- Dave Ramsey suggests canceling credit cards as soon as you've paid off your balance.
- He doesn't believe the impact on your credit score matters.
- Listening to this advice could come back to haunt you with a lower credit score.
You could regret listening to this piece of financial advice.
Dave Ramsey is a well-known finance expert, and one of his biggest tips is to avoid debt. He not only suggests that you shouldn't borrow and pay interest, but he also believes you should not use credit cards at all.
Since Ramsey doesn't think credit cards are worth having, it's probably not surprising that he advises consumers to cancel their cards as soon as they've paid off the balance due on them. But, while he has indicated that closing down credit cards is a smart financial choice, this is actually really bad advice.
Here's what Ramsey has said about canceling credit cards
The issue of closing down credit cards has been addressed on the Ramsey Solutions blog. As the blog explains, it's not enough to just vow to stop using credit cards or even to cut up your cards so you can't easily use them any more.
"Just because you shred your cards and vow to never use them again, it doesn’t mean they’re gone -- you have to close the accounts too," the blog reads. Ramsey goes on to give tips about how to close down your account, including waiting until you've paid off your balance, then contacting your card issuer to shut the account down, and then getting confirmation in writing.
The blog acknowledges, however, that the general consensus among financial experts is that shutting down credit accounts is a bad idea. "Turns out, many people will try to tell you closing a credit card is the worst decision of your life. Don’t worry, that’s not even a tiny bit true," it reads.
Ramsey downplays the very valid reasons why closing down old cards is a bad idea, suggesting you should move forward with this financial move even though doing so could come back to haunt you.
Ramsey is wrong about closing down old credit cards
The big reason why most experts advise against closing old credit card accounts is because doing so can hurt your credit score. And Ramsey's blog acknowledges that this is an issue. "When you close your credit card account, your score will drop a little but only for a short period of time."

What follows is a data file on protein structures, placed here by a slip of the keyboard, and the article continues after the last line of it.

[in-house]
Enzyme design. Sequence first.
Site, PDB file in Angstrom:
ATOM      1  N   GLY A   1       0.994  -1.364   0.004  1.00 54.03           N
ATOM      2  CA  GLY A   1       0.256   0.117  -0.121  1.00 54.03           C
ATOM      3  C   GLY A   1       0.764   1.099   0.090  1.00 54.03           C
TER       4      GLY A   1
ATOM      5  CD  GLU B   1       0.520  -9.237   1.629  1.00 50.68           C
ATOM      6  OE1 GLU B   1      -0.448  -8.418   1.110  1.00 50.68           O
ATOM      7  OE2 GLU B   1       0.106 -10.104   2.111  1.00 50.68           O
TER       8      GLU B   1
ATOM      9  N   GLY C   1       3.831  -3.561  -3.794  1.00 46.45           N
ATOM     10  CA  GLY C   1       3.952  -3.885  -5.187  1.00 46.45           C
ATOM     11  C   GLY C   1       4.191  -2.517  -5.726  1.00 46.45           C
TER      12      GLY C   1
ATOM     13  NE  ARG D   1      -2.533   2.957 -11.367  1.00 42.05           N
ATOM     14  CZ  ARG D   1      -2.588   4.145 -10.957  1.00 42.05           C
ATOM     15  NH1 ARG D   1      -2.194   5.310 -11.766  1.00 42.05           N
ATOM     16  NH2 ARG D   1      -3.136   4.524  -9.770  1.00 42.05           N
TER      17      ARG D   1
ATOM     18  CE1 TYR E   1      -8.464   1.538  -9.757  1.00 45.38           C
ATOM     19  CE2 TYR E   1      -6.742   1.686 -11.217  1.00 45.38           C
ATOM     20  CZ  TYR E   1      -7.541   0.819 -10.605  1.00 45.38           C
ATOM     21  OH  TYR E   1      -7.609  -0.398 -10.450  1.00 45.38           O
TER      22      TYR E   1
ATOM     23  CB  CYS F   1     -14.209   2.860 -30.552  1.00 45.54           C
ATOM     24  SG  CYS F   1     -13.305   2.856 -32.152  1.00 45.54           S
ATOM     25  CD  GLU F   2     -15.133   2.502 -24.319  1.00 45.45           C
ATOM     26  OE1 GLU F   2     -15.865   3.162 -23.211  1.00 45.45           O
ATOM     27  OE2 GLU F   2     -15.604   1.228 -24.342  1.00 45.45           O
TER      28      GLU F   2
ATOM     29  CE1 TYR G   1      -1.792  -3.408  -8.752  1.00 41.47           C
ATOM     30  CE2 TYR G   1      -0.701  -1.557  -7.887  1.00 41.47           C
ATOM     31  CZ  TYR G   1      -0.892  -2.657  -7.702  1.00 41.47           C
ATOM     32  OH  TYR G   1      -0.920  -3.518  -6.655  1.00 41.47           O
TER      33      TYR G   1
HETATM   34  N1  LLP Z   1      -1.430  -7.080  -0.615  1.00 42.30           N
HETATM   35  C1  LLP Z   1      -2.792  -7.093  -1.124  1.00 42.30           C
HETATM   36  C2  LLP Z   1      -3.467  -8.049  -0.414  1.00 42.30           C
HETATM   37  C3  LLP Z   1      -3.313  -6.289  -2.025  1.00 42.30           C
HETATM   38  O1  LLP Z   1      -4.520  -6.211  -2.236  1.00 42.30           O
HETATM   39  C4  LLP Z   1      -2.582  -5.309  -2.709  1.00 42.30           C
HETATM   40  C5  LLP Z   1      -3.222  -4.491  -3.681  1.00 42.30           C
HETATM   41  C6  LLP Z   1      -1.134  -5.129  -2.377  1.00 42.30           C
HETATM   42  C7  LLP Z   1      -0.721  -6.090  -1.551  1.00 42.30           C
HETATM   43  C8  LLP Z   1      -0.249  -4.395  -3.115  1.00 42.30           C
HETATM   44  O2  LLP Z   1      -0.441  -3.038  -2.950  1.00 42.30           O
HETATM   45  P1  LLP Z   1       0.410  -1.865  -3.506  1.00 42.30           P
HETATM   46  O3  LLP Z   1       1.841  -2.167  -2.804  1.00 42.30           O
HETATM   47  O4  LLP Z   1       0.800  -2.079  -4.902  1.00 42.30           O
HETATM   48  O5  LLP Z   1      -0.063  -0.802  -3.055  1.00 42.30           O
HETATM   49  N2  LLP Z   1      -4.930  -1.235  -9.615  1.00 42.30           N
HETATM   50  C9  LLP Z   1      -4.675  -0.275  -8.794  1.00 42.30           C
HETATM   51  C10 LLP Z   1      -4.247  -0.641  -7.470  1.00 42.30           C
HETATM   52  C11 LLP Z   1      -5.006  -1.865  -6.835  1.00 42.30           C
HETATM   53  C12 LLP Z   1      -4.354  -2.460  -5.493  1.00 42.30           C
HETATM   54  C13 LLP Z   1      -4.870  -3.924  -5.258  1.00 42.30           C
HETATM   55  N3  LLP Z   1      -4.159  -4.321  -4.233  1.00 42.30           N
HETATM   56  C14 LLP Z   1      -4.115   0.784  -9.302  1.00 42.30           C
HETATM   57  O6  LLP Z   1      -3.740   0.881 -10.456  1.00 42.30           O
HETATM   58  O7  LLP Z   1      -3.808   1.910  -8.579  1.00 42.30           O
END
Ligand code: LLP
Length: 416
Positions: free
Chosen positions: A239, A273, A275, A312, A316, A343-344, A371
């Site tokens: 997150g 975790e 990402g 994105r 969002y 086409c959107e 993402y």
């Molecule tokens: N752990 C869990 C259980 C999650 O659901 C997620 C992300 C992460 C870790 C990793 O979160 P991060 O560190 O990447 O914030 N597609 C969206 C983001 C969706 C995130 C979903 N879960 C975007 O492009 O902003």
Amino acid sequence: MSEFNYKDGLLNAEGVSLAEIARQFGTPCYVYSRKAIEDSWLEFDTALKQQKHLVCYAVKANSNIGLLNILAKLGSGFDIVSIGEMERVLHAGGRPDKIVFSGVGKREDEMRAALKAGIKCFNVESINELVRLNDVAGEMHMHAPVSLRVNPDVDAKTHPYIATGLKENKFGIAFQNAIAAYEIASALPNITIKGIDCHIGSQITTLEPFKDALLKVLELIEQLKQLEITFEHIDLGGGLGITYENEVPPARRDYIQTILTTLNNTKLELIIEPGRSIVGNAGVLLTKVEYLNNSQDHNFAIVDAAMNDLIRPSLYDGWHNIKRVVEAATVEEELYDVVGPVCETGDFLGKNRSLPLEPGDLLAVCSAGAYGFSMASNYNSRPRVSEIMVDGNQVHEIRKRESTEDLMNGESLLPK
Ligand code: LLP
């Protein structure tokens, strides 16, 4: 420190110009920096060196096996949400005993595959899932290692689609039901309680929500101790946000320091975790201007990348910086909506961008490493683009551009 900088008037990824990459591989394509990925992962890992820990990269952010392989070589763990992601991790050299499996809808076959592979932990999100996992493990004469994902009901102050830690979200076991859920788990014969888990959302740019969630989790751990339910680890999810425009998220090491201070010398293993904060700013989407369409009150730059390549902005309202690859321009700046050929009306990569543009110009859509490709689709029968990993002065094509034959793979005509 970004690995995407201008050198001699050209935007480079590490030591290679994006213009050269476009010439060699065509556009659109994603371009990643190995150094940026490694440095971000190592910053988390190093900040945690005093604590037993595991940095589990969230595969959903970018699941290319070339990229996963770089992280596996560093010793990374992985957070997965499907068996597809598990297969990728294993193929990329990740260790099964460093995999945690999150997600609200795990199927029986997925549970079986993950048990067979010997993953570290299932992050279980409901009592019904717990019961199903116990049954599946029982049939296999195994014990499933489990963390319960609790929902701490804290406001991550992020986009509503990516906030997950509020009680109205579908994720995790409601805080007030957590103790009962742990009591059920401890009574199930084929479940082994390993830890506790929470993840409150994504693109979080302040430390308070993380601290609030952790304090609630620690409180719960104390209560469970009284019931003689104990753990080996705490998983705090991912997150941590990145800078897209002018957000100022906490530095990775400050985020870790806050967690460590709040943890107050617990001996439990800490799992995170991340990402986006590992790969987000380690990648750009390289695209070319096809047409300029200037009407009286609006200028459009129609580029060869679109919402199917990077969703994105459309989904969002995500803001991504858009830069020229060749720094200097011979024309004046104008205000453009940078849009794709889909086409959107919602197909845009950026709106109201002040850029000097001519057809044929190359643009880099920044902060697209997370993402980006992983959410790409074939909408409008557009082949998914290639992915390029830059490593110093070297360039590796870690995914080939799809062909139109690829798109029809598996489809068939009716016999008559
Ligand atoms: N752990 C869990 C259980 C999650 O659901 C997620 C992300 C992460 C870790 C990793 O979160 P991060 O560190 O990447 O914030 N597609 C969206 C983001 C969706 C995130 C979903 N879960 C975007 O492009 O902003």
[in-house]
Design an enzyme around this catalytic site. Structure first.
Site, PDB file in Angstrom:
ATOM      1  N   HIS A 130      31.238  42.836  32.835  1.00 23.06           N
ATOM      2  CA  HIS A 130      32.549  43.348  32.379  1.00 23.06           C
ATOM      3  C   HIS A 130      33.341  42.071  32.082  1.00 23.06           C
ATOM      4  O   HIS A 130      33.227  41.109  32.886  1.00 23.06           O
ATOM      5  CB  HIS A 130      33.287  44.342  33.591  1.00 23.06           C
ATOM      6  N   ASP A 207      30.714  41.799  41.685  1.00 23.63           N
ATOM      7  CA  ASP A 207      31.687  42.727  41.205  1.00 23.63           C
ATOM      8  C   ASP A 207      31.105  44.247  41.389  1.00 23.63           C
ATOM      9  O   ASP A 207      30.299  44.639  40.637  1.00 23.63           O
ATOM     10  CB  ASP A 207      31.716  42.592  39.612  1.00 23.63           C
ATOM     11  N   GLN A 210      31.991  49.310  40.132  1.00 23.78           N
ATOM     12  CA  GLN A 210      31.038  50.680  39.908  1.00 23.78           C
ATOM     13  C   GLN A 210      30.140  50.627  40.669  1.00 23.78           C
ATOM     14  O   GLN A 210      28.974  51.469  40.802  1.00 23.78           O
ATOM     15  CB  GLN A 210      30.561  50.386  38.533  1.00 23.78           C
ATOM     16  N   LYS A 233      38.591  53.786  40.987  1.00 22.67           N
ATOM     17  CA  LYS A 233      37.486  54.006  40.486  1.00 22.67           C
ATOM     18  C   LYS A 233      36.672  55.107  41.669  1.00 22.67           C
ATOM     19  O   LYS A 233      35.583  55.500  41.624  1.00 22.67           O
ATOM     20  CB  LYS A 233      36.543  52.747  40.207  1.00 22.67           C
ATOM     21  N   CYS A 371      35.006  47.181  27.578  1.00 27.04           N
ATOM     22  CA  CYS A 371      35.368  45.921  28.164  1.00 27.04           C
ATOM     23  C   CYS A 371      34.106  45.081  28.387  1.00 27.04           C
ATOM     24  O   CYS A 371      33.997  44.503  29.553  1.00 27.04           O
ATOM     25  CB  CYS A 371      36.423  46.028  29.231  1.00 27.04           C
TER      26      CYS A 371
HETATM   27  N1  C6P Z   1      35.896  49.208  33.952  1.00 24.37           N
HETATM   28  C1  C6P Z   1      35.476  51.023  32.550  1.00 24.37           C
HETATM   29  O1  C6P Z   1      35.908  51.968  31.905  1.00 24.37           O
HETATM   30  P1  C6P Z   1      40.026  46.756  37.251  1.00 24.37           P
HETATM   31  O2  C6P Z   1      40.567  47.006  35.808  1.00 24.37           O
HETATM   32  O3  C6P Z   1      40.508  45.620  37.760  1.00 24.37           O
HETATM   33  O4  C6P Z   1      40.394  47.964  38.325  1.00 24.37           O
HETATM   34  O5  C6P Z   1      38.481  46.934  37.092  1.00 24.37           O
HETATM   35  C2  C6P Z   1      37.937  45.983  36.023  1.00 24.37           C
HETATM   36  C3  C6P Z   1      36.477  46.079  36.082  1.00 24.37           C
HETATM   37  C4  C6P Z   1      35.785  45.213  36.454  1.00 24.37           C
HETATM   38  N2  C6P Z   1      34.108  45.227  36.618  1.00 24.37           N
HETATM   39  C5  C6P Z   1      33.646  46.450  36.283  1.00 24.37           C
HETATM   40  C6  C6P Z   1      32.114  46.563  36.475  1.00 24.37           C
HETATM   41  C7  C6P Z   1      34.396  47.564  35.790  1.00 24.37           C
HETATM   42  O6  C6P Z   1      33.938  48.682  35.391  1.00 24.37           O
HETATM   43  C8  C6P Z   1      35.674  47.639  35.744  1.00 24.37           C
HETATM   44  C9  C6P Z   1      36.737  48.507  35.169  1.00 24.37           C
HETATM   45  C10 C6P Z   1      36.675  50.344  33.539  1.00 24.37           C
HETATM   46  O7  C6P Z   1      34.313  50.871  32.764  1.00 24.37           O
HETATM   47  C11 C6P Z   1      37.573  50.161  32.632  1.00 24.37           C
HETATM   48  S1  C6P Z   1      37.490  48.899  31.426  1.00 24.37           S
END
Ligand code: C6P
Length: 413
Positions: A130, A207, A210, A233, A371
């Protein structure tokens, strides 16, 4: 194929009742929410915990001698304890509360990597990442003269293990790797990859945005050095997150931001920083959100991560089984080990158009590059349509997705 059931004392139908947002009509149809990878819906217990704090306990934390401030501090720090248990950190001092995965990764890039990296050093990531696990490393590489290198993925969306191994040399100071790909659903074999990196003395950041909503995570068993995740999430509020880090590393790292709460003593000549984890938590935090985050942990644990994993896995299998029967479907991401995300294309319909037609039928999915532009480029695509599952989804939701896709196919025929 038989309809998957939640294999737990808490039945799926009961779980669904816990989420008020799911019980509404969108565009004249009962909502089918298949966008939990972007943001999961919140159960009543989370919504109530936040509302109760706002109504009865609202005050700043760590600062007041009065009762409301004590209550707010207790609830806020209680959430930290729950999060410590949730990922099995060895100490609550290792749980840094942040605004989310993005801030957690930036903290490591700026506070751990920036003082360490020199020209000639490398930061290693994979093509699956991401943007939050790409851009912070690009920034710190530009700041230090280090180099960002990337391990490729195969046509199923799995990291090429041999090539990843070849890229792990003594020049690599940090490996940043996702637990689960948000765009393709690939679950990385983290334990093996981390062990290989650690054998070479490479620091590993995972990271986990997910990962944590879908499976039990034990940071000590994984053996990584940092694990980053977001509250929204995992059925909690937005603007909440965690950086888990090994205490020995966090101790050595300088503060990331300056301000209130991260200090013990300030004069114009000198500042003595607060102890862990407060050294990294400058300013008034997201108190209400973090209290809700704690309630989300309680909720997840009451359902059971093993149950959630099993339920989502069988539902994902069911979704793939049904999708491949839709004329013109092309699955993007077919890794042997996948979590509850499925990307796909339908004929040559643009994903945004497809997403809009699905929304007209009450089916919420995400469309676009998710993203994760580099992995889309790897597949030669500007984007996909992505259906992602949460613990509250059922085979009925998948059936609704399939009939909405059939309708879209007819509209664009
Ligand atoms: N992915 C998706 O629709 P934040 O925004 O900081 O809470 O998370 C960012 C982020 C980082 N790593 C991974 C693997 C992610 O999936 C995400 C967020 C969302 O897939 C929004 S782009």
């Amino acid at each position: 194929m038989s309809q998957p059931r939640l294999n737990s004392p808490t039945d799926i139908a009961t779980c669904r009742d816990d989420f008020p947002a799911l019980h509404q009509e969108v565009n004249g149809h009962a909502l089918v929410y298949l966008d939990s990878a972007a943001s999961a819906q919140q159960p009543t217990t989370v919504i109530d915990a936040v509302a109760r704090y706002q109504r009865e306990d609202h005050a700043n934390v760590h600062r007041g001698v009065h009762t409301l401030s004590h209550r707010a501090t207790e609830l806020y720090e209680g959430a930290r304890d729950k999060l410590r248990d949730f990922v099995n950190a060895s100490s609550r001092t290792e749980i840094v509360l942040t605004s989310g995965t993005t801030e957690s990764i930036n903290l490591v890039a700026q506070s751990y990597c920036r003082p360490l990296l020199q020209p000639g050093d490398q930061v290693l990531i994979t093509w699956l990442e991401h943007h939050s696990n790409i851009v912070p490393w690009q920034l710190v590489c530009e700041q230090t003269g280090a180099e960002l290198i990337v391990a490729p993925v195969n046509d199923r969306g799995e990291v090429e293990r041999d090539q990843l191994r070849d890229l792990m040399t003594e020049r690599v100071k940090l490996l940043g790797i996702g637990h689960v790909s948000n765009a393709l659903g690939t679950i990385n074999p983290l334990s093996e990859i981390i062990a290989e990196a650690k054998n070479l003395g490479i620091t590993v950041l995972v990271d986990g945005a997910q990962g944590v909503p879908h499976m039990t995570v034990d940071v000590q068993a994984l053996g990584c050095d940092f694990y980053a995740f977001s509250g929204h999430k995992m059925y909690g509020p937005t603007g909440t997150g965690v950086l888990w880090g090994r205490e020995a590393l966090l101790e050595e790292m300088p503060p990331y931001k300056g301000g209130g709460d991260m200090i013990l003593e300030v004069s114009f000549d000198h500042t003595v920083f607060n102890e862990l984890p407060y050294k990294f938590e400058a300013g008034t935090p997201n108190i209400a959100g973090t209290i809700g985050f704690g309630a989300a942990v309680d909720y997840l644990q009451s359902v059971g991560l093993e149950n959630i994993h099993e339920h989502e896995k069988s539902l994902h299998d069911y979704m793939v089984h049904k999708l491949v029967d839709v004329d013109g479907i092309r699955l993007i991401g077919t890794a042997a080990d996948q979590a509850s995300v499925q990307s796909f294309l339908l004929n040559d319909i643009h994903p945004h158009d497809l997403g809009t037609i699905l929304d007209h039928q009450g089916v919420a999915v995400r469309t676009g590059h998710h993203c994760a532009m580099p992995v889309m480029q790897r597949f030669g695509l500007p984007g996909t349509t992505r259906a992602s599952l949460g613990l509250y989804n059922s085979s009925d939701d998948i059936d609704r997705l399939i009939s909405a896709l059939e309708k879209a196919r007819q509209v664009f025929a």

The reality, though, is that depending on your situation, closing down your old account may have a bigger impact than he suggests and the impact could be long-term.
See, your credit score is based on several factors. These include payment history, the average age of your accounts, the types of credit you have available to you, the amount of credit you use relative to how much is available to you, and inquiries which are placed on your credit report when you apply for new credit.
The impact of closing a credit card account
Closing down credit cards affects many of these key factors that determine your score. If you close down old accounts, the average age of your credit is going to be shorter and this hurts your score since a long track record of responsible borrowing is better. You'll stop developing a positive payment history once your card is no longer open, and eventually the card will drop off your credit report which means you'll lose the record of on-time payments made in the past.
Most importantly, your credit utilization ratio could be affected and this is the second most important factor in determining your score. To understand how, take a simple example.
Say you have two credit cards, each with a $1,000 limit, and you've charged $500 on one card and nothing on the other. If you close the account with a $0 balance, your credit utilization ratio is $500 used out of $1,000 available (50%) -- and a high utilization ratio hurts your score. But if you didn't close down your old account, your ratio would be $500 out of $2,000, which means you'd be using just 25% of available credit (anything over 30% drags your score down quite a bit).
The bottom line is, there is no reason to close down old credit cards and take a hit to your credit score that could be substantial. Even if you don't want to use your cards much anymore, you can charge one streaming service on them each month and set up automatic payments so you don't have to worry about debt but can continue building a credit record that can open doors for you in the future.
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